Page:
interposing a liquid material between said optic surface portion and said member surface portion to conduct heat therebetween.
18. A method as recited in claim 17 wherein said interposing step comprises the sub-steps of:
solidifying the material on at least one of said member surface portion and said optic surface portion;
juxtaposing said member surface portion with said optic surface portion; and
heating said material to liquefy said material.
19. A method as recited in claim 17 wherein at least one of said member surface portion and said optic surface portion is formed with a solid texture to promote spontaneous invasion of the liquid by interfacial surface tension.
20. A method as recited in claim 17 further comprising the steps of:
providing a structure formed with a plurality of through-holes; and
positioning the structure between said member surface portion and said optic surface portion to retain said liquid between said surfaces by interfacial surface tension.
Description
CROSS-REFERENCE TO RELATED APPLICATIONS

The present application is related to U.S. patent application Ser. No. 12/221,313 filed on Jul. 31, 2008, entitled SYSTEMS AND METHODS FOR HEATING AN EUV COLLECTOR MIRROR; U.S. patent application Ser. No. 12/004,871 filed on Dec. 20, 2007, entitled EUV LIGHT SOURCE COMPONENTS AND METHODS FOR PRODUCING, USING AND REFURBISHING SAME; and U.S. Pat. No. 7,388,220 filed on Jul. 27, 2004, entitled EUV LIGHT SOURCE; the entire contents of each of which are hereby incorporated by reference herein.

FIELD

The present application relates to extreme ultraviolet (“EUV”) light sources providing EUV light from a plasma created from a material and collected and directed to a focus for utilization outside of the EUV light source chamber, e.g., for semiconductor integrated circuit manufacturing photolithography e.g., at wavelengths of around 50 nm and below.

BACKGROUND

EUV light, e.g., electromagnetic radiation in the EUV spectrum (i.e. having wavelengths of about 5-100 nm), may be useful in photolithography processes to produce extremely small features, e.g., sub-32 nm features, in semiconductor substrates, such as silicon wafers.

Methods to produce EUV light include, but are not necessarily limited to, converting a material into a plasma state that has one or more elements, e.g., xenon, lithium or tin, indium, antimony, tellurium, aluminum, etc., with one or more emission line(s) in the EUV spectrum. In one such method, often termed laser produced plasma (“LPP”), a plasma can be produced by irradiating a target material, such as a droplet, stream, or cluster of material having the line-emitting element, with a laser beam. Another method involves disposing the line-emitting element between two electrodes. In this method, often termed discharge produced plasma (“DPP”), a plasma can be produced by creating an electrical discharge between the electrodes.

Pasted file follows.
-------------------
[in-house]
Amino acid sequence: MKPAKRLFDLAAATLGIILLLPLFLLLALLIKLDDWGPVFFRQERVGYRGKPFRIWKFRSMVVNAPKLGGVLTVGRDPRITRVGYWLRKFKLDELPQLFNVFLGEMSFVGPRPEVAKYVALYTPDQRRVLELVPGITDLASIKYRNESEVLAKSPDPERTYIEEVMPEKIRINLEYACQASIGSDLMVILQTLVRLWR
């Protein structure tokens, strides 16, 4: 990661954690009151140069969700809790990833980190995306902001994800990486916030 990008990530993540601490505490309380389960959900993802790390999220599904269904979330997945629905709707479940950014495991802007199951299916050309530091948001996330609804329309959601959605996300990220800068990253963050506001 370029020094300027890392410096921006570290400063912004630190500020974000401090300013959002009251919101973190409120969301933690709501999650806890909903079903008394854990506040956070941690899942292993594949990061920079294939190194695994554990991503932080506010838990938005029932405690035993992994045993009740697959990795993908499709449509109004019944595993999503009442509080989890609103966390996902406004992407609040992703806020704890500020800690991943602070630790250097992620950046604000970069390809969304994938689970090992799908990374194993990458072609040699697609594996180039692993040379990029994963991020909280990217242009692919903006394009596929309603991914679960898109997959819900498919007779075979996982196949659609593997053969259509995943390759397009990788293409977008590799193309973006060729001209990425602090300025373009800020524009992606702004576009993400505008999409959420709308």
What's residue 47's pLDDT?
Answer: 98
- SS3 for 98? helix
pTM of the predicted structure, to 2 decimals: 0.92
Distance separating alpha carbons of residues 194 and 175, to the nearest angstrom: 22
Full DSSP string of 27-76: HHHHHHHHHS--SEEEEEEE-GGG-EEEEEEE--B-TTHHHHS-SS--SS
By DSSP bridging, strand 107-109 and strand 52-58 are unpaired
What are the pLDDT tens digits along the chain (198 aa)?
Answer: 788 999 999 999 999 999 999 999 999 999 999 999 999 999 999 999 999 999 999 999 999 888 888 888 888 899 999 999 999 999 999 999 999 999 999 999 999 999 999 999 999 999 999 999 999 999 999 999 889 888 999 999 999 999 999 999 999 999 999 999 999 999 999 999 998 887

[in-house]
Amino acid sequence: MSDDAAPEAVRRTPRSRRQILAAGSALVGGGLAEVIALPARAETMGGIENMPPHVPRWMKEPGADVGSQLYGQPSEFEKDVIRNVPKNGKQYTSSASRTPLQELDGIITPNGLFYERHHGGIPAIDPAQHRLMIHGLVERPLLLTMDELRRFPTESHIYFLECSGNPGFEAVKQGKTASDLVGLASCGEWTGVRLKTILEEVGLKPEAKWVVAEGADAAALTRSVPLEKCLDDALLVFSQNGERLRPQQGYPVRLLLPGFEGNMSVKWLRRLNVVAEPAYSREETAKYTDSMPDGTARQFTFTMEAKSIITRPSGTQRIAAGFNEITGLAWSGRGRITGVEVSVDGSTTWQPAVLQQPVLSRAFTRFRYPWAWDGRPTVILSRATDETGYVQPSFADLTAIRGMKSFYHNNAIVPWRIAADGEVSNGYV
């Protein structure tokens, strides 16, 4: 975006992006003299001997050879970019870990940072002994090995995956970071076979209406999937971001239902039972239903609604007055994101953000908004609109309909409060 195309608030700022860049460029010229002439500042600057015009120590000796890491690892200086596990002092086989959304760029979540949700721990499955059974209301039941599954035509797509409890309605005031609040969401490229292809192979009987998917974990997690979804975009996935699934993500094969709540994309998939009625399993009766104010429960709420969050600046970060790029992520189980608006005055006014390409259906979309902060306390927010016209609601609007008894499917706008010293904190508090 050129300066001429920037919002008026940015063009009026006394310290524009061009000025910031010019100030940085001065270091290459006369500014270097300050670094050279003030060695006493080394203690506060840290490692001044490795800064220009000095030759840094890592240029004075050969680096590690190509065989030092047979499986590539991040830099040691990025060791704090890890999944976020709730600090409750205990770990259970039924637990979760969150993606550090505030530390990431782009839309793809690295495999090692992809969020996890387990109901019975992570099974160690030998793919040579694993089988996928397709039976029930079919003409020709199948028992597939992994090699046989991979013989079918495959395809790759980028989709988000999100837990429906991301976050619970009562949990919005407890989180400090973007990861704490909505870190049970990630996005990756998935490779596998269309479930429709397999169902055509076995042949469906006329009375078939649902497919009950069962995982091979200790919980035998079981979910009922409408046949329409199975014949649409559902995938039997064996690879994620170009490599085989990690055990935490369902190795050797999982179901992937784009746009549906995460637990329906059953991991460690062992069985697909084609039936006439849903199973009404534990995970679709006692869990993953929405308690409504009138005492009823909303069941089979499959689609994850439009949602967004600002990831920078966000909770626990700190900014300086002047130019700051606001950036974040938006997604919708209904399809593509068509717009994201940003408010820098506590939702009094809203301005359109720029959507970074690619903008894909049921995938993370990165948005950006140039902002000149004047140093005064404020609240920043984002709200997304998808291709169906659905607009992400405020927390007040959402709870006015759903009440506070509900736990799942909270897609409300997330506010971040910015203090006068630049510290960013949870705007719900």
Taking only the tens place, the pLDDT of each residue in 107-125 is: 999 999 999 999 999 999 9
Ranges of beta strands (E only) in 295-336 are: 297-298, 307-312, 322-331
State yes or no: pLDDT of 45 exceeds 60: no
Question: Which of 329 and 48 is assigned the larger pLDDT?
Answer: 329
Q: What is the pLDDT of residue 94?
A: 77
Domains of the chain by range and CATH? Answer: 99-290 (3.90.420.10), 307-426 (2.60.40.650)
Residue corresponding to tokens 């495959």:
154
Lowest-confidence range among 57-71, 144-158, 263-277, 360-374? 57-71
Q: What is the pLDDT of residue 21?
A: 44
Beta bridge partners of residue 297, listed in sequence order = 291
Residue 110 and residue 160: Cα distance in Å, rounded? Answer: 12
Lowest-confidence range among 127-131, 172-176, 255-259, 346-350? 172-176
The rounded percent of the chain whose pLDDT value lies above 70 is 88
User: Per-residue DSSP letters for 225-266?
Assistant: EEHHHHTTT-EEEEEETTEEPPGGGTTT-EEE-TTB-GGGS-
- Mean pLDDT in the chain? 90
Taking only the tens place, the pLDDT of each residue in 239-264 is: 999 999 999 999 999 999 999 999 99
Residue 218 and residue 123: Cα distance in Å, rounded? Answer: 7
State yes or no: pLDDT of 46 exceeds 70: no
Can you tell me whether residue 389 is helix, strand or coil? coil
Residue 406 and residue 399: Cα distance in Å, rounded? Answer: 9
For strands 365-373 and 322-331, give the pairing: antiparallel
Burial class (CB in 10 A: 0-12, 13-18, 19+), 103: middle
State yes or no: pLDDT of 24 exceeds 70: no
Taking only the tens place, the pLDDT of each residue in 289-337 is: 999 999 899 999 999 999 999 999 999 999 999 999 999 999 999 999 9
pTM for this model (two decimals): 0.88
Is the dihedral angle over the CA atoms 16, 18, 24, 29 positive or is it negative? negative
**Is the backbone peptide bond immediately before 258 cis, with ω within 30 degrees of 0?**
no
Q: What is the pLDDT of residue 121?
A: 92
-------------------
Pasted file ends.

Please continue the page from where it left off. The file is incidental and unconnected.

For these processes, the plasma is typically produced in a sealed vessel, e.g., chamber that has been evacuated to produce a near vacuum environment, and monitored using various types of metrology equipment. A typical EUV light source may also include one or more EUV mirrors that are positioned in the near vacuum environment distanced from the plasma site, and oriented to direct EUV light emitted from the plasma to an EUV light source output location. In general, these EUV mirrors may be either grazing incidence-type mirrors, or near-normal incidence type mirrors. e.g., a substrate covered with a multi-layer coating such as Mo/Si. By way of example, for an LPP setup, the mirror may be in the form of a truncated prolate spheroid having a circular cross-section normal to a line passing through its foci, and having elliptical cross-sections in planes that include the line passing through the foci. In some cases, the mirror may be formed with an aperture to allow the laser light to pass through and reach the irradiation site. With this arrangement, the irradiation site may be positioned at or near a first focus of the prolate spheroid, and the light source output may be positioned at, near or downstream of the second focus.